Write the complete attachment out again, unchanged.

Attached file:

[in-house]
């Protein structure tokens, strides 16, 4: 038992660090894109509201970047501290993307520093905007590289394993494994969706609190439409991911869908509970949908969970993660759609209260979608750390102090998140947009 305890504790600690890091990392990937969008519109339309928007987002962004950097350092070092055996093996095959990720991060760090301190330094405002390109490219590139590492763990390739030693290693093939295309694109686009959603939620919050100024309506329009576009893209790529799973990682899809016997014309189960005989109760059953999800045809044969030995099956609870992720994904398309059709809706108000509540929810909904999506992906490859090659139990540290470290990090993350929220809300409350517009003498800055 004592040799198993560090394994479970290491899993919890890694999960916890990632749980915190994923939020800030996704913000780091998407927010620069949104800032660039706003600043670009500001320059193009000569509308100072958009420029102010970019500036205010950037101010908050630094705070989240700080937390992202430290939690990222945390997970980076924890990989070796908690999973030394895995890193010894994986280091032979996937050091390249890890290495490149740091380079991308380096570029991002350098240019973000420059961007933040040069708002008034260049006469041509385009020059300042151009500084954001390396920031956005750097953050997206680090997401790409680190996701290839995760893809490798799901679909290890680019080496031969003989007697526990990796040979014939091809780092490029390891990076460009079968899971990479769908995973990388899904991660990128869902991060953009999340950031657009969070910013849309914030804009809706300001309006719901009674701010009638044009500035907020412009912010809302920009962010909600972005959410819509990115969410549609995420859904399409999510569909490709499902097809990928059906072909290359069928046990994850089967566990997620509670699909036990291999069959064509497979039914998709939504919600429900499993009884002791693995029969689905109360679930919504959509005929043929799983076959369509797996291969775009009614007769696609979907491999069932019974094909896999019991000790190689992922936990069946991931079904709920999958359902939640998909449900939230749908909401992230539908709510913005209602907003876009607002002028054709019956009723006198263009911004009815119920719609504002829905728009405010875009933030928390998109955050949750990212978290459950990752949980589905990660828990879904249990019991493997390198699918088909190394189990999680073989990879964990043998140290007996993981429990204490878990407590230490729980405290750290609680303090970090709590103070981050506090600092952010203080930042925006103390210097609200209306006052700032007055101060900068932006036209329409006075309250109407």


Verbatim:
[in-house]
């Protein structure tokens, strides 16, 4: 038992660090894109509201970047501290993307520093905007590289394993494994969706609190439409991911869908509970949908969970993660759609209260979608750390102090998140947009 305890504790600690890091990392990937969008519109339309928007987002962004950097350092070092055996093996095959990720991060760090301190330094405002390109490219590139590492763990390739030693290693093939295309694109686009959603939620919050100024309506329009576009893209790529799973990682899809016997014309189960005989109760059953999800045809044969030995099956609870992720994904398309059709809706108000509540929810909904999506992906490859090659139990540290470290990090993350929220809300409350517009003498800055 004592040799198993560090394994479970290491899993919890890694999960916890990632749980915190994923939020800030996704913000780091998407927010620069949104800032660039706003600043670009500001320059193009000569509308100072958009420029102010970019500036205010950037101010908050630094705070989240700080937390992202430290939690990222945390997970980076924890990989070796908690999973030394895995890193010894994986280091032979996937050091390249890890290495490149740091380079991308380096570029991002350098240019973000420059961007933040040069708002008034260049006469041509385009020059300042151009500084954001390396920031956005750097953050997206680090997401790409680190996701290839995760893809490798799901679909290890680019080496031969003989007697526990990796040979014939091809780092490029390891990076460009079968899971990479769908995973990388899904991660990128869902991060953009999340950031657009969070910013849309914030804009809706300001309006719901009674701010009638044009500035907020412009912010809302920009962010909600972005959410819509990115969410549609995420859904399409999510569909490709499902097809990928059906072909290359069928046990994850089967566990997620509670699909036990291999069959064509497979039914998709939504919600429900499993009884002791693995029969689905109360679930919504959509005929043929799983076959369509797996291969775009009614007769696609979907491999069932019974094909896999019991000790190689992922936990069946991931079904709920999958359902939640998909449900939230749908909401992230539908709510913005209602907003876009607002002028054709019956009723006198263009911004009815119920719609504002829905728009405010875009933030928390998109955050949750990212978290459950990752949980589905990660828990879904249990019991493997390198699918088909190394189990999680073989990879964990043998140290007996993981429990204490878990407590230490729980405290750290609680303090970090709590103070981050506090600092952010203080930042925006103390210097609200209306006052700032007055101060900068932006036209329409006075309250109407």